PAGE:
In TWO Volumes
VOL. I

The words "Samuel Johnson" and "English Language" were printed in red; the rest was printed in black. The preface and headings were set in 4.6mm "English" type, the text - double columned - was set in 3.5mm pica. This first edition of the dictionary contained a 42,773 word list, to which only a few more were added in subsequent editions. An important innovation of Johnson's was to illustrate the meanings of his words by literary quotation, of which there are around 114,000. The authors most frequently cited by Johnson include Shakespeare, Milton and Dryden. For example:

OPULENCE

Wealth; riches; affluence

"There in full opulence a banker dwelt,
Who all the joys and pangs of riches felt;
His sideboard glitter'd with imagin'd plate,
And his pround fancy held a vast estate."
-- Jonathan Swift

Furthermore, Johnson, unlike Bailey, added notes on a word's usage, rather than being merely descriptive.

Unlike most modern lexicographers, Johnson introduced humour or prejudice into quite a number of his definitions. Among the best known are:

  • "Excise: a hateful tax levied upon commodities and adjudged not by the common judges of property but wretches hired by those to whom excise is paid"
  • "Lexicographer: a writer of dictionaries; a harmless drudge that busies himself in tracing the original and detailing the signification of words"
  • "Oats: a grain which in England is generally given to horses, but in Scotland supports the people"

A much less well-known example is::

  • "Monsieur: a term of reproach for a Frenchman"

On a more serious level, Johnson's work showed a heretofore unseen meticulousness. Unlike all previous proto-dictionaries that had come before, painstaking care went into the completeness when it came not only to "illustrations" but to definitions as well:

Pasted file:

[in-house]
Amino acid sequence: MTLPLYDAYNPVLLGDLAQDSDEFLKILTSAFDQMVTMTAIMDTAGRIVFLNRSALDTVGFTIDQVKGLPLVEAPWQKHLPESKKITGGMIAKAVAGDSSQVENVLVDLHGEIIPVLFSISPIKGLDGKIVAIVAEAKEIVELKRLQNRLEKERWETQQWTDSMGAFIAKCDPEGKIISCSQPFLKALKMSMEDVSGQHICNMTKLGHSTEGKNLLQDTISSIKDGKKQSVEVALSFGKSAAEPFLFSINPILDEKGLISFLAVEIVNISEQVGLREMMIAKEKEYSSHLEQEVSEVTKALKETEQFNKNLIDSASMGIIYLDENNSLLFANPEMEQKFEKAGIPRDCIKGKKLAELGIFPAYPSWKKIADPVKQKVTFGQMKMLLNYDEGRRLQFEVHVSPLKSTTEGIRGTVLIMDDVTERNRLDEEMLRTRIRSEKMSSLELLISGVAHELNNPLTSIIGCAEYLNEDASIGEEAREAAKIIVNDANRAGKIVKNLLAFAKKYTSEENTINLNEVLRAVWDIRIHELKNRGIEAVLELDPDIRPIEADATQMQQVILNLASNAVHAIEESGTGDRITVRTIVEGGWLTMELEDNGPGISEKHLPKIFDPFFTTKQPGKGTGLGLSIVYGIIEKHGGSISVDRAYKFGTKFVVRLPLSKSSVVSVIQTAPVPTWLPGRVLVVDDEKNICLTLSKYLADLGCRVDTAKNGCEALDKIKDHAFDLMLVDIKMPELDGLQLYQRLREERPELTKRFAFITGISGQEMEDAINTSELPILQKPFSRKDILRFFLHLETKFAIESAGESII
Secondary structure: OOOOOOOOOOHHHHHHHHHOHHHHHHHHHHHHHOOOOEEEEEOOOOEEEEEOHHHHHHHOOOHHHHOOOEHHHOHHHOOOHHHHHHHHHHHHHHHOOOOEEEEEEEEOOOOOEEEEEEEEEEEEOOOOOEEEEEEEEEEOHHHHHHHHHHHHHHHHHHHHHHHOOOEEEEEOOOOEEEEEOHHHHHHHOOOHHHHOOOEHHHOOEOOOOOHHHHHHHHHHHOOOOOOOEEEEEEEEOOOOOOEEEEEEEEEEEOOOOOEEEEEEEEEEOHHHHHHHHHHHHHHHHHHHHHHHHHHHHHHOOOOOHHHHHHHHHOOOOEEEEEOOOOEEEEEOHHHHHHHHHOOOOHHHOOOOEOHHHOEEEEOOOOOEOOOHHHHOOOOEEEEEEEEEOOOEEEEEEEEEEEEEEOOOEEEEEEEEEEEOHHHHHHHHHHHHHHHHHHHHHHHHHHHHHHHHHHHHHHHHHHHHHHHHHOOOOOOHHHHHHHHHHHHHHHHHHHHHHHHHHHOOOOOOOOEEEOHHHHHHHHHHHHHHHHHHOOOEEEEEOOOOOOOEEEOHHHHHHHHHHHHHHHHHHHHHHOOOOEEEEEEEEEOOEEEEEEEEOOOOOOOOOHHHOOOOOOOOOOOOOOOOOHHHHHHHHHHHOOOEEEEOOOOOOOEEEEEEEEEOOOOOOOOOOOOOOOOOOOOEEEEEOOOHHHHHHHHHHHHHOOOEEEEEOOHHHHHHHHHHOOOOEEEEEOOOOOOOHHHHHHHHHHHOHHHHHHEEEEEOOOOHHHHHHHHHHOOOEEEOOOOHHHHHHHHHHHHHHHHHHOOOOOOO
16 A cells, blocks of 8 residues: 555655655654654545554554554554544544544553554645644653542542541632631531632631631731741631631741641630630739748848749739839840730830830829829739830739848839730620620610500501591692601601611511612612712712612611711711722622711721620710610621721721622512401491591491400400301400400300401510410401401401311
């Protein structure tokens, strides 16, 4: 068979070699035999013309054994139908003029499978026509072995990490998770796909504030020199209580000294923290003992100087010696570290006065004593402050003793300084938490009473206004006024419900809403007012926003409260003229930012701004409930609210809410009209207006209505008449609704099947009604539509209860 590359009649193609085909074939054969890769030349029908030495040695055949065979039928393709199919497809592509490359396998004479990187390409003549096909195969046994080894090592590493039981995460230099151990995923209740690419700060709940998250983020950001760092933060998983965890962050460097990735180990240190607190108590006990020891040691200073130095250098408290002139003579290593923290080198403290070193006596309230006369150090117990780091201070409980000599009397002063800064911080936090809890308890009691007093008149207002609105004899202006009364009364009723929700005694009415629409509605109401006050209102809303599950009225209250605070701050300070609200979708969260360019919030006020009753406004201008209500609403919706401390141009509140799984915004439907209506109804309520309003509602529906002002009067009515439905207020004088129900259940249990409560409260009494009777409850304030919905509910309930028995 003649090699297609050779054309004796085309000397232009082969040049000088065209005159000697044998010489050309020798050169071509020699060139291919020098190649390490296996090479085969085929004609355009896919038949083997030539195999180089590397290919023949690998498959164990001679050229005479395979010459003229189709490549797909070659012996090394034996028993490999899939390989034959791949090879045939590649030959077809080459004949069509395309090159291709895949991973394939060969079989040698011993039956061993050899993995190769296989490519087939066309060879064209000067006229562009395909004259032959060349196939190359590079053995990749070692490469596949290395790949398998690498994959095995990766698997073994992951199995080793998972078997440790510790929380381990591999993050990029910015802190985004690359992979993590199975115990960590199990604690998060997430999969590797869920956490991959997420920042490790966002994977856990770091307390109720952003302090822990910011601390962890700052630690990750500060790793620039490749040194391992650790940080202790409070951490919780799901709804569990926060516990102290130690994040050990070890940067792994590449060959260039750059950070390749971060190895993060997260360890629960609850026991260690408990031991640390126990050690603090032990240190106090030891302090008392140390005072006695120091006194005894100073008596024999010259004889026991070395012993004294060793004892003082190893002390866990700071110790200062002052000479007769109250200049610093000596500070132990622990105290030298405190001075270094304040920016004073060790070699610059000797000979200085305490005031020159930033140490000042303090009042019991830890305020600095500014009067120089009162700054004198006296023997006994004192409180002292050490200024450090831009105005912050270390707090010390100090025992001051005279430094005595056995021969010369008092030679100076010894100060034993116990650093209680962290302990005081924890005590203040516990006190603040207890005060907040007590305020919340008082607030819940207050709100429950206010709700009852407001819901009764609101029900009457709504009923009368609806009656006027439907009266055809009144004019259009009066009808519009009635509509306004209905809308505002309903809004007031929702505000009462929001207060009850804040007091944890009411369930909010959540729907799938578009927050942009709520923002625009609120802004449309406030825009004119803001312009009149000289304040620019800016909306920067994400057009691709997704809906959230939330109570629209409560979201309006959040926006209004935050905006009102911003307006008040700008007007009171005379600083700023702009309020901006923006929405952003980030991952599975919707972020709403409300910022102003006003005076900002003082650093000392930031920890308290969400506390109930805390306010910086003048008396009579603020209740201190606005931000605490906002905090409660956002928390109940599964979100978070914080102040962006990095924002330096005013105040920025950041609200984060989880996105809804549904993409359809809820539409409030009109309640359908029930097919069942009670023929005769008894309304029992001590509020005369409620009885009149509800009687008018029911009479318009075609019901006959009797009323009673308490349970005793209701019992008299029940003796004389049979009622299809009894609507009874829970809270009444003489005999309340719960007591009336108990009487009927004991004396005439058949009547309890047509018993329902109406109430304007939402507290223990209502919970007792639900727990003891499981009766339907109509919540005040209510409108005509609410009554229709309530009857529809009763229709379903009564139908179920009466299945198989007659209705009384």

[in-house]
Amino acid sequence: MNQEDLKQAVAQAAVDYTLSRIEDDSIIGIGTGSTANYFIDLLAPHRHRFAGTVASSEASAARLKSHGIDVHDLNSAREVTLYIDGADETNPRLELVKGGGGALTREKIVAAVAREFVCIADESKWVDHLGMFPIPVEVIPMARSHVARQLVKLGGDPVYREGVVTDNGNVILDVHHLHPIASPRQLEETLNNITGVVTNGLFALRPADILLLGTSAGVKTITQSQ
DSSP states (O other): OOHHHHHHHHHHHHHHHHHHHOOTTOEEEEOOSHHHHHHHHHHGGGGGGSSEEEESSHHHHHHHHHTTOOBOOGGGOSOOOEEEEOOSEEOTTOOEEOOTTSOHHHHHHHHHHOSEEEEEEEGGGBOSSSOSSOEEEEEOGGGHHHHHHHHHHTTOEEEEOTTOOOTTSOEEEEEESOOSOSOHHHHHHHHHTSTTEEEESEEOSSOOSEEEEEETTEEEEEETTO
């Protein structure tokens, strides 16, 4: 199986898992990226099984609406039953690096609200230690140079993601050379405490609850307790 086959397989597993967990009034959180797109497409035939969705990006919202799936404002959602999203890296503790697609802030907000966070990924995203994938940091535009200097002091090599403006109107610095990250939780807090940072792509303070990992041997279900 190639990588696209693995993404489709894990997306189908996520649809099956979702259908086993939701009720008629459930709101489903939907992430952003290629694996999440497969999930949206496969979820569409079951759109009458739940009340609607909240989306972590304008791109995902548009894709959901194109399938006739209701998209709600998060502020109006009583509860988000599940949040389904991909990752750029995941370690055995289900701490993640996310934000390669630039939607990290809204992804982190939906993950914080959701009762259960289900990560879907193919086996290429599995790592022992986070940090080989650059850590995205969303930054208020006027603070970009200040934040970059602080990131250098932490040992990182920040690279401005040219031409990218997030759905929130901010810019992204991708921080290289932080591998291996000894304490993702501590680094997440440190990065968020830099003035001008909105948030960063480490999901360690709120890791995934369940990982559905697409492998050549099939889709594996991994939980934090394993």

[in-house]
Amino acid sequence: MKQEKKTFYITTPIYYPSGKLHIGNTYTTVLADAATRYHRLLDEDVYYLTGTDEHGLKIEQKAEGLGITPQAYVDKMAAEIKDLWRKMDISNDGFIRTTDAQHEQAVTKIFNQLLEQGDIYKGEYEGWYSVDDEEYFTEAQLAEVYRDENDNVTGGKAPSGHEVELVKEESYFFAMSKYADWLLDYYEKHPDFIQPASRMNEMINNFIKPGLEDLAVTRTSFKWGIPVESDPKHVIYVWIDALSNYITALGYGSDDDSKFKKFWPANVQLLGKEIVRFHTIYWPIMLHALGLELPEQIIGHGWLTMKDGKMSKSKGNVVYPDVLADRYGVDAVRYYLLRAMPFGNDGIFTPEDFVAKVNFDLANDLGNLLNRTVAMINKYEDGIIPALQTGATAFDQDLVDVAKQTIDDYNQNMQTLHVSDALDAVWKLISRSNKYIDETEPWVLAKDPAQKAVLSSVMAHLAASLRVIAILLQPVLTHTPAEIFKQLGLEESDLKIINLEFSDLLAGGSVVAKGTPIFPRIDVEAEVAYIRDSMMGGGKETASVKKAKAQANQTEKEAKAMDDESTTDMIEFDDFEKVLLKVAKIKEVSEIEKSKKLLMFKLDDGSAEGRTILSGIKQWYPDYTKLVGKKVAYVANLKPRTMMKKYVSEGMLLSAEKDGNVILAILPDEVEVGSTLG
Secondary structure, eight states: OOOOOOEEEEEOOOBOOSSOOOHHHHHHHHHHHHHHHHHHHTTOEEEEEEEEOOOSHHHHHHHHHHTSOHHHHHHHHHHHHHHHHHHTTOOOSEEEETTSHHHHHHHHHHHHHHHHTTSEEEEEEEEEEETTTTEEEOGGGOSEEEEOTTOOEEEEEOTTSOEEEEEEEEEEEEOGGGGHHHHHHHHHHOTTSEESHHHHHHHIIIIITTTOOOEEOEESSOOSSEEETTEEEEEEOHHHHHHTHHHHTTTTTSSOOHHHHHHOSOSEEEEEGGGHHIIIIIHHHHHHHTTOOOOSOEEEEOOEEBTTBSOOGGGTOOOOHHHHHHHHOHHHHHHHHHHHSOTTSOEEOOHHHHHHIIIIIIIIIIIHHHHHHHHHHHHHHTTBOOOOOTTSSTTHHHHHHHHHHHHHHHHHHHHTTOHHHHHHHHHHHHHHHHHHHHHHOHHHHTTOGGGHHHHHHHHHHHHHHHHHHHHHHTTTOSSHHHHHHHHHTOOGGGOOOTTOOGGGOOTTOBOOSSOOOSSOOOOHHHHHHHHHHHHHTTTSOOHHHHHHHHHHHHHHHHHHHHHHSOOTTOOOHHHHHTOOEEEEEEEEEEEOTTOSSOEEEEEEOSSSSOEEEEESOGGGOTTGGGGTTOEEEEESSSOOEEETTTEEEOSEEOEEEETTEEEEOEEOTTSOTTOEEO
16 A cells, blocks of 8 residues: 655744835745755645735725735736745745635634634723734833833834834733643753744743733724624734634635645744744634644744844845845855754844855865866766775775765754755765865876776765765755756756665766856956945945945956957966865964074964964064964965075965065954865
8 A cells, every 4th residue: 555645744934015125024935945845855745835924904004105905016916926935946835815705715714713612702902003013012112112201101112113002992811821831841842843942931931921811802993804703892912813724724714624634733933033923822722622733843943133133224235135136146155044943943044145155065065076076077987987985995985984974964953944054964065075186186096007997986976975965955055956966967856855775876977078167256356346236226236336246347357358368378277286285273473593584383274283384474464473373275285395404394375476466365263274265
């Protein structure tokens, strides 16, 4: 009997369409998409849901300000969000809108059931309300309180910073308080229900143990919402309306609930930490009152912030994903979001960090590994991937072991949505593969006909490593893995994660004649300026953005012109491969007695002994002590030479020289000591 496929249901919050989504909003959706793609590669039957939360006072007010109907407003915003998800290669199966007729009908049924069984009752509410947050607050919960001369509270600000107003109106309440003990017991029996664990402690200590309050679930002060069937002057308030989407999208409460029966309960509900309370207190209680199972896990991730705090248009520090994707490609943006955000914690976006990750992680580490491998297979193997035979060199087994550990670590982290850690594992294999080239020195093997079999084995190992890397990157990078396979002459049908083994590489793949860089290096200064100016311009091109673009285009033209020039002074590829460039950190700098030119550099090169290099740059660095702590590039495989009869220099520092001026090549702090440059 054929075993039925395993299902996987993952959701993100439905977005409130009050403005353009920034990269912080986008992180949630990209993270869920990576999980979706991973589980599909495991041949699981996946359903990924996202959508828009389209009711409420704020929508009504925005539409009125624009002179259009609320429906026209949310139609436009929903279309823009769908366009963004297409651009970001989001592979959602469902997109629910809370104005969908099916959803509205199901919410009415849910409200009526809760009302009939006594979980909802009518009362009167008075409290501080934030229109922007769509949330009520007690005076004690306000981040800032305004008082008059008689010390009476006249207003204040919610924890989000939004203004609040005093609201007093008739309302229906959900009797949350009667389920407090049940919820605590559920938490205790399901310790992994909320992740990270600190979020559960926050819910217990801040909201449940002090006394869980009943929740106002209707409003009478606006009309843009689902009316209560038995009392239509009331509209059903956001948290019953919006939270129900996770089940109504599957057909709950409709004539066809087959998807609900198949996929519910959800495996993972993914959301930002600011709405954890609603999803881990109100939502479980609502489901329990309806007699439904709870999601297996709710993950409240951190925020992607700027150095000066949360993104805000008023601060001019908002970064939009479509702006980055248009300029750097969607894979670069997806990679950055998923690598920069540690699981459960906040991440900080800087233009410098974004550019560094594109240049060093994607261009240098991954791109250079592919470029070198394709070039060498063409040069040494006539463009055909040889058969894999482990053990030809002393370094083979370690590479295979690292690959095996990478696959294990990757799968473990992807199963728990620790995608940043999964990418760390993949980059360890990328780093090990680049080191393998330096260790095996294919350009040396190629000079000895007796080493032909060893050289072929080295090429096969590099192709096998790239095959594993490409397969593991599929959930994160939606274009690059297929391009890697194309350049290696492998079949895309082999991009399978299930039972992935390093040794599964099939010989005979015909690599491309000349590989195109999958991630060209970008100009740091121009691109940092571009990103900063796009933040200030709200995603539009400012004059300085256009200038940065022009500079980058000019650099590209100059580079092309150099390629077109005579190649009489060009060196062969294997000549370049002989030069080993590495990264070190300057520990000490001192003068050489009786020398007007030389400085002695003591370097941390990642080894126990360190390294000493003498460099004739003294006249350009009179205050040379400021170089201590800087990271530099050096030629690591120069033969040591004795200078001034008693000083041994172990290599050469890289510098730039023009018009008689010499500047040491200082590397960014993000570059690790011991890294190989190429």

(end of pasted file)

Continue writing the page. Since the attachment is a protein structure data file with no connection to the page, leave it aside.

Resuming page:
• The word "turn" had 16 definitions with 15 illustrations
  • The word "time" had 20 definitions with 14 illustrations
  • The word "put" ran more than 5,000 words spread over 3 pages
  • The word "take" had 134 definitions, running 8,000 words, over 5 pages

The original goal was to publish the dictionary in two volumes: A-K and L-Z, but that soon proved unwieldy, unprofitable, and unrealistic. Subsequent printings ran to four volumes; even these stacked one on top of the other stood 10 (25.4cm) inches tall, and weighed in at nearly 21 pounds (9.5kg). In addition to the sheer physical heft of Johnson's dictionary, came the equally hefty price: £4/10/-. (equivalent to £675 in 2005). So discouraging was the price that by 1784, thirty years after the first edition was published, when the dictionary since run through five editions, only about 6,000 copies were in circulation - an average sale of 200 books a year for thirty years.